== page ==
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MSNBC’s Katy Tur and Politico’s Jake Sherman Trade Veiled Phish Quotes on TV for the Fourth Time

This seems to be becoming a thing on television news: newscasters inserting lyrics from songs they like into the context of their broadcasts while keeping poker-faced. The purpose is probably to get people like me to write about it, so congratulations, MSNBC’s Katy Tur and Politico’s Jake Sherman, you won. There have been charming examples of this viral-ready technique; at least, I really enjoyed the Atlanta newscasters who fired off their favorite Prodigy lines at one another, in tribute to the Mobb Deep legend, when talking about traffic patterns the day after his passing.

But Tur and Sherman–savvy, nationally-known–are clearly playing 420-dimensional chess and angling for that more sinister, Alex-Trebek-saying-yass-on-Jeopardy kind of YouTube attention, and in no way am I here for it. Also, they only do it with Phish lyrics, and as of Monday, they have done it on four different occasions in the past five months, as Jambase.com points out. They integrate their Trey, Mike, and Jon lyrics so subtly that it’s even possible they did it even more times and the Phish Redditors just weren’t watching that day.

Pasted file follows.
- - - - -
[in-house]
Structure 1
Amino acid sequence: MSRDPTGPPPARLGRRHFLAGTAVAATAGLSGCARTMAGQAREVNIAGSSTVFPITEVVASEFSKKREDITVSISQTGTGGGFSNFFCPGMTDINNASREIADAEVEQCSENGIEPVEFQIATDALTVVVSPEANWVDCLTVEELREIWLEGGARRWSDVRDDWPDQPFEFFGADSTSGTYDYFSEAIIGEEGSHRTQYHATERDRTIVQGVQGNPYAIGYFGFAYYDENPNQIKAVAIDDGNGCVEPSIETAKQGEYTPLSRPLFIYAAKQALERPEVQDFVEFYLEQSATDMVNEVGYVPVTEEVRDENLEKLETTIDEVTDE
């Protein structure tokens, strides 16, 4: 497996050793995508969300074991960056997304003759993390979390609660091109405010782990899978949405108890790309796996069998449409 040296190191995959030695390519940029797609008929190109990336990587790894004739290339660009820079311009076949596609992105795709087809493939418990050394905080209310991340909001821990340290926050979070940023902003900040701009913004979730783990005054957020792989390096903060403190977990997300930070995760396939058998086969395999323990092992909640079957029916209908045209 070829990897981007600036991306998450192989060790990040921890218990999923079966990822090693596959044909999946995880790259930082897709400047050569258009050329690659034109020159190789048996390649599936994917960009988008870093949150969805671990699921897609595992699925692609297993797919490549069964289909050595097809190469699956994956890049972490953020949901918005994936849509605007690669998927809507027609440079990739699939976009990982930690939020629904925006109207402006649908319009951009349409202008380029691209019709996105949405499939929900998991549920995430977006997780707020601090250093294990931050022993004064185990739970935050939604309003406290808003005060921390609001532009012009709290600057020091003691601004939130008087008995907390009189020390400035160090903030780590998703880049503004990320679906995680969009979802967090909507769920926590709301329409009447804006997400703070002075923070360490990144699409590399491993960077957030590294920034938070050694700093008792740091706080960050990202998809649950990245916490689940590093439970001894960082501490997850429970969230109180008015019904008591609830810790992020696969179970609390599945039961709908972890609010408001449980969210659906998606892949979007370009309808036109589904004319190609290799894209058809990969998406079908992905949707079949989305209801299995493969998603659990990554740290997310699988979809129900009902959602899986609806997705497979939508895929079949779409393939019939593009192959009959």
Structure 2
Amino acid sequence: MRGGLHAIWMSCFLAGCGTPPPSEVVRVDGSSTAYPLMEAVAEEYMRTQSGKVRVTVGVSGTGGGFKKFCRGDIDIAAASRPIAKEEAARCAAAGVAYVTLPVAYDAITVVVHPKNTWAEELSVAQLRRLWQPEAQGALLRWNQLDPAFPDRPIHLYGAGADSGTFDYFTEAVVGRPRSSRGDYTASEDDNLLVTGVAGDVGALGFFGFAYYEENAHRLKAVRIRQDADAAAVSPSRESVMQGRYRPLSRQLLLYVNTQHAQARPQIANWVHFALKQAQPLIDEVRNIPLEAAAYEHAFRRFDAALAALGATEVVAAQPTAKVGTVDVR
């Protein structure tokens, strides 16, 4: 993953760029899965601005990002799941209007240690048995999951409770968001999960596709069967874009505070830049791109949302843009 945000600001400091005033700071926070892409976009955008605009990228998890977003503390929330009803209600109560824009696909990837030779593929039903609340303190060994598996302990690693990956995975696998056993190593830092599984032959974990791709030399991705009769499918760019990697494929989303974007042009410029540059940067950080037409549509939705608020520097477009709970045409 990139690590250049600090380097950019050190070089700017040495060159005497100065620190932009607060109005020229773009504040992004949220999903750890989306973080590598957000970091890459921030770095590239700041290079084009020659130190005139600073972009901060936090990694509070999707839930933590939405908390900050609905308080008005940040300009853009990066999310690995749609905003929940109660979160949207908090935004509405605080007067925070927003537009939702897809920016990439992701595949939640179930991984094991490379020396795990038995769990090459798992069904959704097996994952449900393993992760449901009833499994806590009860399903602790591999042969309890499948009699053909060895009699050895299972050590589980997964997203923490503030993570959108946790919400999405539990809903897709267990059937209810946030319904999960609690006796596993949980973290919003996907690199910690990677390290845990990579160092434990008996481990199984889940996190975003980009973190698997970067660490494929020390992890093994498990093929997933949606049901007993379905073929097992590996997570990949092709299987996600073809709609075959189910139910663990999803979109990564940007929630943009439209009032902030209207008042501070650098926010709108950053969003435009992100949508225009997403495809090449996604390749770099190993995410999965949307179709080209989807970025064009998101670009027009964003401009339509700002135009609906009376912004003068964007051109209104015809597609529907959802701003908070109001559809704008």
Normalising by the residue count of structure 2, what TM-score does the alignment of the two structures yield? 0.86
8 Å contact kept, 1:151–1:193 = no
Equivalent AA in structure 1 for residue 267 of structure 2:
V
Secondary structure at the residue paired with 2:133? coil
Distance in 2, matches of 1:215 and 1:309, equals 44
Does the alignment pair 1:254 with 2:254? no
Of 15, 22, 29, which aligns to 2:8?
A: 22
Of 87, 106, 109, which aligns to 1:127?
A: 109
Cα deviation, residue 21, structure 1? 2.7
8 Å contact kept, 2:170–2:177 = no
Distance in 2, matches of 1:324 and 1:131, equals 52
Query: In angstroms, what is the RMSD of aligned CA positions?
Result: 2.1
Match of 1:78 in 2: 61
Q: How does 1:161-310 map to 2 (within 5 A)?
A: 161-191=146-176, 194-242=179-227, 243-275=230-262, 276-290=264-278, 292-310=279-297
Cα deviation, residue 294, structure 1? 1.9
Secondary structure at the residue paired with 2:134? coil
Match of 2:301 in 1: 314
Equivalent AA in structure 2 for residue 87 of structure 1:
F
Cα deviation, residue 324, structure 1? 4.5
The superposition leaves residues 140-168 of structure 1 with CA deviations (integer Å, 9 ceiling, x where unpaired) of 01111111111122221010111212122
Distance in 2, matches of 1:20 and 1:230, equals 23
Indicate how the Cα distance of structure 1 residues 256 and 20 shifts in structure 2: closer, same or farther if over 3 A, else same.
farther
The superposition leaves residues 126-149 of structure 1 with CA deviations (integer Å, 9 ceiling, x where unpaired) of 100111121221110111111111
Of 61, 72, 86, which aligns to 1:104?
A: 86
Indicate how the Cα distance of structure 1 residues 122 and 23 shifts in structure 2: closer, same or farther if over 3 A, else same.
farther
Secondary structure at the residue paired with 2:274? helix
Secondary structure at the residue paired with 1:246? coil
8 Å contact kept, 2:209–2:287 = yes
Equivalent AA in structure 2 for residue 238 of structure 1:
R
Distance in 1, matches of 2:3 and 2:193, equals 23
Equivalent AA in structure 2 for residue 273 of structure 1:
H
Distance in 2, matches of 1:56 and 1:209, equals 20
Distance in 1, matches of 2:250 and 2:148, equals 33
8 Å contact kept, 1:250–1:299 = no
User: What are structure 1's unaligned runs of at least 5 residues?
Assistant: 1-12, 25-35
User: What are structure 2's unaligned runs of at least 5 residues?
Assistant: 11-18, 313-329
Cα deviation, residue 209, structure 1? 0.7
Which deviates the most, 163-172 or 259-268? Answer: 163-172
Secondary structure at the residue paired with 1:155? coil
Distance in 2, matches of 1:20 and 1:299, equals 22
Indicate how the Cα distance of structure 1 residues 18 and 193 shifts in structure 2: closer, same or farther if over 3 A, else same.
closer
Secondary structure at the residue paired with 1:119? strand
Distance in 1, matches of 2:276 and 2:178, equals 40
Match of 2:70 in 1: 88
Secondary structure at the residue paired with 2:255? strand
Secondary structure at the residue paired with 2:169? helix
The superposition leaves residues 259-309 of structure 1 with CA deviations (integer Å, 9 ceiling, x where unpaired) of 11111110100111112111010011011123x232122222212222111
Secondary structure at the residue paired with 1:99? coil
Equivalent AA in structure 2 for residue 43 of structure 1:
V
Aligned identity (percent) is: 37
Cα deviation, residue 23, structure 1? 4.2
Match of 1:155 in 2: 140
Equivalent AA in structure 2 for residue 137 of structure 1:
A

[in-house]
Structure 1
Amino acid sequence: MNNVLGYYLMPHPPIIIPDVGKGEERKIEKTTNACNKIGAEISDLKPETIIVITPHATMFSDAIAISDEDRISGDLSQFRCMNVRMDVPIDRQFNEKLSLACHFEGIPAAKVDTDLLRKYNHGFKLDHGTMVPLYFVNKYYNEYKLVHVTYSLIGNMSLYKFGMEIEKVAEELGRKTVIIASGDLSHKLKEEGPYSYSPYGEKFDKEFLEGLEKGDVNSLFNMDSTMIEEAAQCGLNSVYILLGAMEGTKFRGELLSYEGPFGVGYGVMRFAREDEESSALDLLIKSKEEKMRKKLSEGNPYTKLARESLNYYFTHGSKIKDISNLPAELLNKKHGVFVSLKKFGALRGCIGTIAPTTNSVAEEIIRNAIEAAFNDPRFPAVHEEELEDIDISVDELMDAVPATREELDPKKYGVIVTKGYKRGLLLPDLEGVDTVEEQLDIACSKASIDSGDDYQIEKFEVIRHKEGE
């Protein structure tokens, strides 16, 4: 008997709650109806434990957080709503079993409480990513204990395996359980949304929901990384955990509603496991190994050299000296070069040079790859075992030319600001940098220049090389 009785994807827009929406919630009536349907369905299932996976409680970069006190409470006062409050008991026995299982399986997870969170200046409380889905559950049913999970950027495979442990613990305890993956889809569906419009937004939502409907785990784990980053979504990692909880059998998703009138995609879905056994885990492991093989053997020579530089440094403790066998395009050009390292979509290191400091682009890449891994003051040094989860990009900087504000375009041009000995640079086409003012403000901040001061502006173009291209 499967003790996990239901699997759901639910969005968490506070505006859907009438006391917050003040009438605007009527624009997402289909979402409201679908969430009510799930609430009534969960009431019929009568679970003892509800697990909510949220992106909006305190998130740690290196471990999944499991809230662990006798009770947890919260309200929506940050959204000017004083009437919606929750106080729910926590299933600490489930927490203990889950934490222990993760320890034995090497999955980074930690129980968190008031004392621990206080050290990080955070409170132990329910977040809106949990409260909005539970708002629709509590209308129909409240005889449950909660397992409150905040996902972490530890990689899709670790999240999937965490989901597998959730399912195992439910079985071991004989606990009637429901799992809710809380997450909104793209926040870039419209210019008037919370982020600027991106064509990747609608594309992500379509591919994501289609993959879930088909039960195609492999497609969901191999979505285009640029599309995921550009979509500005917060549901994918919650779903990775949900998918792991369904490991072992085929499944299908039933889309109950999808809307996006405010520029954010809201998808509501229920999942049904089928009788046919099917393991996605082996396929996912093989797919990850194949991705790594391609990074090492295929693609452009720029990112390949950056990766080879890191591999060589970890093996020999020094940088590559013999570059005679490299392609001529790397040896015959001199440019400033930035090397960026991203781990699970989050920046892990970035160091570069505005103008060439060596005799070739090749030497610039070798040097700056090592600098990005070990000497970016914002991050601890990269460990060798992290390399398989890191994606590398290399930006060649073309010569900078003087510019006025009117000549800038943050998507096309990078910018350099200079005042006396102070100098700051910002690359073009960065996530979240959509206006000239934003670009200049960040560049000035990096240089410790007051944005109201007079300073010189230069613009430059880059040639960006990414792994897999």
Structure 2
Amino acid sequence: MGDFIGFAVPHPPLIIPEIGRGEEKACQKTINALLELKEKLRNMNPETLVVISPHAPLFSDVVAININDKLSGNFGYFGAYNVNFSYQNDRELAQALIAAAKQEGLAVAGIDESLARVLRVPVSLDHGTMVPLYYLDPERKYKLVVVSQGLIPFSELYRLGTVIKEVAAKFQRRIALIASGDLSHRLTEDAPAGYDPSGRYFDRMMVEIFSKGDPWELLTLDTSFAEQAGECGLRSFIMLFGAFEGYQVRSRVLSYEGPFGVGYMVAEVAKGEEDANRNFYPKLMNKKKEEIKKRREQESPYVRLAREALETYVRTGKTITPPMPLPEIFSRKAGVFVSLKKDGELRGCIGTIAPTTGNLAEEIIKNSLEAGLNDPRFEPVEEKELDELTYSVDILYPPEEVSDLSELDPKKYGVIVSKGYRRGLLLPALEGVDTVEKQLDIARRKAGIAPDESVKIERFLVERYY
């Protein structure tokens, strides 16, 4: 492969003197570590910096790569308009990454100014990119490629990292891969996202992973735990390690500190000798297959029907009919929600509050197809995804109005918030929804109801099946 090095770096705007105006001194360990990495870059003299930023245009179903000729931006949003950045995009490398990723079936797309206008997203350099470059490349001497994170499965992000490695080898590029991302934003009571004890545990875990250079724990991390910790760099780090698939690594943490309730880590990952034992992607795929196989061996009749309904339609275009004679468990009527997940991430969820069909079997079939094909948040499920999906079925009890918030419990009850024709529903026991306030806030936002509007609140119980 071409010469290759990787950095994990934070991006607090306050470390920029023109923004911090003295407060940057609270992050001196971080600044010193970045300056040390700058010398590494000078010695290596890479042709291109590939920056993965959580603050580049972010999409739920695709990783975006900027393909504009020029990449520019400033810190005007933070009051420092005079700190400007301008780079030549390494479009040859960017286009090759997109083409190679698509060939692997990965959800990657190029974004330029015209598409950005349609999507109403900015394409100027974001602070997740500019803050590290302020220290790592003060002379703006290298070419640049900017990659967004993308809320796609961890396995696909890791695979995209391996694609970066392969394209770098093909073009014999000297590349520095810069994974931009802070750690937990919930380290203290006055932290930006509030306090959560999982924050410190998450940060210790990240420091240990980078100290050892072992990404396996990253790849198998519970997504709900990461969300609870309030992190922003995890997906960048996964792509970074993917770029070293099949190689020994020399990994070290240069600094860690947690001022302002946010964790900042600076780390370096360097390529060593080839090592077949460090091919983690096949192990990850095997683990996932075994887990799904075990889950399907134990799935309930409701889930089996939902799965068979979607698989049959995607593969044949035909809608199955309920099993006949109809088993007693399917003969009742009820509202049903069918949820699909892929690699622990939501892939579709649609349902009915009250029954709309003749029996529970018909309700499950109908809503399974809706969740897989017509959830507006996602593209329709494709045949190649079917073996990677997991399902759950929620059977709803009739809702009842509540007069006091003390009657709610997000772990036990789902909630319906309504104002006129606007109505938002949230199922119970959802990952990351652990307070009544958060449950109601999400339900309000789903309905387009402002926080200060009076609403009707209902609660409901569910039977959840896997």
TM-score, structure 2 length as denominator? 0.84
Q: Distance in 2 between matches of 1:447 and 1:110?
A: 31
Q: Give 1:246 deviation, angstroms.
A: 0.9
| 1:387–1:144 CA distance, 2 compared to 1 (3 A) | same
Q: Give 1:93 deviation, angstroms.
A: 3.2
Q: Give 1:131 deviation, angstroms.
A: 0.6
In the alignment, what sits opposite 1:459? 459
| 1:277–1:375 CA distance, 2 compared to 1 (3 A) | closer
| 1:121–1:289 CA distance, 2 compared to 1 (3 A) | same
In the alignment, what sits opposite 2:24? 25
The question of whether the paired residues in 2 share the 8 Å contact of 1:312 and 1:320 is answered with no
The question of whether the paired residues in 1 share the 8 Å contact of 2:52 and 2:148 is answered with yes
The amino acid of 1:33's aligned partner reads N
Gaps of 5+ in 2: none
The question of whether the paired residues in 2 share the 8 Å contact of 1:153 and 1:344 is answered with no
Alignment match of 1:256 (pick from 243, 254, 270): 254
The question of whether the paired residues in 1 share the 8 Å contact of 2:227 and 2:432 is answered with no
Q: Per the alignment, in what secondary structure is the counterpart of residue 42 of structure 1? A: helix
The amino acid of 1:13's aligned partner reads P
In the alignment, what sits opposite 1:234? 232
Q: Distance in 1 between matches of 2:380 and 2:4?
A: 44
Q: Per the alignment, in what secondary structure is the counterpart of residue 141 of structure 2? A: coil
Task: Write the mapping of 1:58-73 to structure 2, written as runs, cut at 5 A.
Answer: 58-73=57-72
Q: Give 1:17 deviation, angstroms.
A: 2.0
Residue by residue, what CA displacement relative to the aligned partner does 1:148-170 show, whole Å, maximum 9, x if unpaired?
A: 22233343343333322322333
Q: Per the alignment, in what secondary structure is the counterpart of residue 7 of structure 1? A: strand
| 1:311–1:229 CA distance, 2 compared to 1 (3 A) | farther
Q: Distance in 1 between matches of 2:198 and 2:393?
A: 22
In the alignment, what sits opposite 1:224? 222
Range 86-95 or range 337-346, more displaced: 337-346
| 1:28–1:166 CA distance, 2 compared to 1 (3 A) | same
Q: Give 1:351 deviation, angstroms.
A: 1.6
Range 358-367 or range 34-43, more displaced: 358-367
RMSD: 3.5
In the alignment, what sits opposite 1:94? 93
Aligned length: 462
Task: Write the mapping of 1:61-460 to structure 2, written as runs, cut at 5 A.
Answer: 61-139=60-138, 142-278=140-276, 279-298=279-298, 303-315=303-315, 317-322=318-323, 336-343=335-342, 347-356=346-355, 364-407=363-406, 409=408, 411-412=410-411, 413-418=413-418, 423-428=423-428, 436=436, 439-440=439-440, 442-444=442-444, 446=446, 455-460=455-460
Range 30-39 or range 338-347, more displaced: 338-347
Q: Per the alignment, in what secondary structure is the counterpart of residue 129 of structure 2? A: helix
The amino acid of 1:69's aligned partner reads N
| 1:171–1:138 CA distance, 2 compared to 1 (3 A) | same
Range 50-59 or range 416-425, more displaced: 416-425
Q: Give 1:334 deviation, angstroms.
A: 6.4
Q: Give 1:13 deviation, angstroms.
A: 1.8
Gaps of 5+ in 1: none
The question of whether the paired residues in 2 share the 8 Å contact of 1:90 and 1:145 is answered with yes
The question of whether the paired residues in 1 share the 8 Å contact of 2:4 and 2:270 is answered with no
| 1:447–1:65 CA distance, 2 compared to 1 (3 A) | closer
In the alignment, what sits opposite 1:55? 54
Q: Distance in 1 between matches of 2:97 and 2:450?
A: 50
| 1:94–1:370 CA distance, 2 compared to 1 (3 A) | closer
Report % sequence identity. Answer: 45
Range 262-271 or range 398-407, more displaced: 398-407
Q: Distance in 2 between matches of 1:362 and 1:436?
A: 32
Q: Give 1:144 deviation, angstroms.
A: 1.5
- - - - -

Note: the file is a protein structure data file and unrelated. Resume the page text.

Let’s unpack today’s example and see how these gambits are put together. Truly, the cosmic Phish-head communication between these two is manical–haunting, even. Sherman, seemingly unscripted, fires off the opening line from Phish’s career-long standard “Mike’s Song” when describing a protest outside of the Senate office. Then Tur, also a lunatic, chuckles almost coldly before firing off a more obtuse line from another Phish fan favorite, “Tube” (part of their “Tube trilogy”). What in the hell?

Here’s the exchange (my emphasis to highlight the quotations):

SHERMAN: “I don’t see it…it seems like they’re trapped in time and don’t know what to do when it comes to this legislation.”

TUR: “Or [low, knowing chuckle] feeling like it’s not so stupendous living th[at] tube.”

God. I’m not a categorical Phish hater, but, without even getting into the whole “they’re talking about the future of health-care” thing, this feels like a bad, dark thing to me. If you’re someone who scoffs before saying the phrase “studio Phish,” however, you might well be into it, and I guess that’s fine. Watch below around 2:30.